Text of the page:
Today, I would like to share some information about “How to find our confidence during public speaking”.
Did you know that public speaking tops the list of phobias for most people? Not spiders or heights – public speaking – speech in public!
Well, if you didn’t know that, we bet your body does. It will do all kinds of unpleasant things to you when you have to stand up and face a sea of faces with the hope of getting your message across in a compelling and interesting way.
Your hands may sweat and your mouth goes dry. Your knees may shake and a quaver affects your voice. Your heart may race and those well known butterflies invade your stomach.
When all that happens most people don’t think of getting their message across in a compelling and interesting way; they just think of getting off the ‘stage’ as quickly as possible!
Have we frightened you sufficiently yet?
We don’t really mean to frighten you, just remind you that your body reacts ‘in extremis’ when put under pressure, and for most people, public speaking is just about the worst pressure they can be put under.
It’s normal to be nervous and have a lot of anxiety when speaking in public. In a way, it’s less normal not to have nerves or anxiety; in fact, to feel you have a phobia about public speaking.
Why do we get Public Speaking anxiety?
Fight or flight
Our bodies are geared to fight or flight from ancient time – fight that mastodon or get the hell out of the way. We don’t have too many mastodons around these days, but the body still reacts as though we do. So, if we have to get up and speak in public, all that adrenalin and noradrenalin goes coursing through our bodies – way more than we need.
We can’t run away (well, we could, but we’d be out of job pretty quick if we did it too often), so our only option is to fight. But in terms of speaking in public, it can be hard to define just what we’re fighting.
Why does public speaking do this to us?
Good question. You’d think that for most people, being given the opportunity to impress their audience would be a fantastic one. There you are in front of a group of people, the spotlight is on you and for the length of time you’ve been give, the world is yours.
Or is it?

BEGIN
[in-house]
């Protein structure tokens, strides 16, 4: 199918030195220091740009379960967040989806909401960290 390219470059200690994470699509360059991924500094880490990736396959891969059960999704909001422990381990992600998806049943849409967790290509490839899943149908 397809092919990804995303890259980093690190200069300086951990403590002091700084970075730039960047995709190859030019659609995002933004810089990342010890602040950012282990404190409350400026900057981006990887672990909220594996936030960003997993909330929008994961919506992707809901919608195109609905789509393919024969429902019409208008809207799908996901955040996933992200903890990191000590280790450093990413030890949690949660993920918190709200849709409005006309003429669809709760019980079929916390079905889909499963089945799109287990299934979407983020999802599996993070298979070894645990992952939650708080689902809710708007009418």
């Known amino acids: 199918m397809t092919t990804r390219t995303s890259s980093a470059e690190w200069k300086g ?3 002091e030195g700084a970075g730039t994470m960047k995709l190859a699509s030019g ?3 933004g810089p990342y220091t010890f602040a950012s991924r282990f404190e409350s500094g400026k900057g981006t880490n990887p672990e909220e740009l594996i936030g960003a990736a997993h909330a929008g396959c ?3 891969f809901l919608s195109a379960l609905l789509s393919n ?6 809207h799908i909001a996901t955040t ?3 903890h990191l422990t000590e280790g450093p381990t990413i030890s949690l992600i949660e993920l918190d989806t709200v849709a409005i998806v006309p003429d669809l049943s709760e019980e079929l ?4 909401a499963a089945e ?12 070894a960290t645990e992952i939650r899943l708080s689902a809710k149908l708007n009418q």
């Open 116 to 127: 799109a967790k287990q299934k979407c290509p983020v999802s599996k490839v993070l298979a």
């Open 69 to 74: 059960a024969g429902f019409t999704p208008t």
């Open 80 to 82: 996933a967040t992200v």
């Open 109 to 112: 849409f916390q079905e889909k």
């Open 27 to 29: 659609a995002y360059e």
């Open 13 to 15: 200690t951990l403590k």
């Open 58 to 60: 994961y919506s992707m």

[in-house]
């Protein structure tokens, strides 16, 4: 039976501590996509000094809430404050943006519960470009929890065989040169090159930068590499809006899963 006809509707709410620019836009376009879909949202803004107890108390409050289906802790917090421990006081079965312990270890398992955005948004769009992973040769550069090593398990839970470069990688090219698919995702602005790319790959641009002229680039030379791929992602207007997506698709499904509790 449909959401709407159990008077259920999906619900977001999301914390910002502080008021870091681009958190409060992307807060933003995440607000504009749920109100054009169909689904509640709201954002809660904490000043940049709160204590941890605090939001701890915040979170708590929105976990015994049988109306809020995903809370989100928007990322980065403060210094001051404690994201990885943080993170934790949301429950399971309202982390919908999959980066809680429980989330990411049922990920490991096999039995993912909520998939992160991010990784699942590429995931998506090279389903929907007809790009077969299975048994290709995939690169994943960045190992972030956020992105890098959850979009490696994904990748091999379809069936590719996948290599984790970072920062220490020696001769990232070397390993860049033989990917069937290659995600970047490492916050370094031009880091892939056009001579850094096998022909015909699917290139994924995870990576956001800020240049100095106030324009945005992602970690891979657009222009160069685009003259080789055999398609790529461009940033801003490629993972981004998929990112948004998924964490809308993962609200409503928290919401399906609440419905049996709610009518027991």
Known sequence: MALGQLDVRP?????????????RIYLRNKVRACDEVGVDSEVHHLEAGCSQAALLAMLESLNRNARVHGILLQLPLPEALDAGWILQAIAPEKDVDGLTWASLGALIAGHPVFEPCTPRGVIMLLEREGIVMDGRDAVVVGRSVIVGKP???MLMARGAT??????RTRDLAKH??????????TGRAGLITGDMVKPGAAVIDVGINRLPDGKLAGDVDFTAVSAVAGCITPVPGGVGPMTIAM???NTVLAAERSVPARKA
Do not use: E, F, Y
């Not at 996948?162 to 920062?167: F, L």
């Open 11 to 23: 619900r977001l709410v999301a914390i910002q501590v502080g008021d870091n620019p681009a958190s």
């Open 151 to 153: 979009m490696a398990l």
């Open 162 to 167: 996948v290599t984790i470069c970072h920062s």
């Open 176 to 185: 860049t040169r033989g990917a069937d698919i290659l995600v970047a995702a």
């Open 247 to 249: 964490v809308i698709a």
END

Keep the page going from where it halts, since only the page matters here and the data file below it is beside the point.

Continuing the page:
The very fact that the spotlight is you is enough to trigger every fear, anxiety and phobia you’ve ever had about public speaking.
- You may be judged by all those people, and judged badly
- You may feel like a fool
- You might make mistakes and lose your way
- You’ll be completely humiliated
- You’ll never be as good as _________ (fill in the blank)
- ‘They’ won’t like you
- ‘They’ won’t ‘get’ what you’re trying to say
How to overcome fear of Public Speaking
What good are Nerves
Public speaking may not be comfortable, but take our word for it, nerves are good. Being ‘centre stage’ is not a good place to feel too comfortable.
Nerves will keep you awake and ensure you don’t get too complacent. Hard to feel complacent when your heart is beating so hard you’re sure everyone watching you can hear it.
If channel led well, nerves can make the difference between giving a humdrum presentation and giving one that keeps people listening.
Get your attention off yourself
It’s very tempting to keep focused on how you’re feeling, especially if you’re feeling really uncomfortable. You’ll start to notice every bead of sweat.
To make your nerves work for you, you need to focus on just about anything other than yourself. You can distract yourself by paying attention to the environment in which you’re speaking and seeing how you can make it work for you.
Once you’re actually in front of your audience, pay attention to them. If you can, notice how people are dressed, who’s wearing glasses, who has on bright colours. There will be dozens and dozens of things you can pay attention to help you trick your mind into not noticing what’s going on with you.
How to build confidence in Public Speaking
Your audience can be your friend
Unless you know you’re absolutely facing a hostile group of people, human nature is such that your audience wants you succeed. They’re on your side!
Therefore, rather than assuming they don’t like you, give them the benefit of the doubt that they do.
They aren’t an anonymous sea of faces, but real people. So to help you gain more confidence when speaking in public, think of ways to engage your audience. Remember, even if they aren’t speaking, you can still have a two-way conversation.
When you make an important point pay attention to the people who are nodding in agreement and the ones who are frowning in disagreement. As long as you are creating a reaction in your audience you are in charge.
Keep them awake
The one thing you don’t want is for them to fall asleep! But make no mistake public speaking arenas are designed to do just that: dim lights, cushy chairs, not having to open their mouths – a perfect invitation to catch up on those zzzzs.
Ways to keep them awake include
- Ask rhetorical questions
- Maintain eye contact for a second or two with as many people as possible
- Be provocative
- Be challenging
- Change the pace of your delivery
- Change the volume of your voice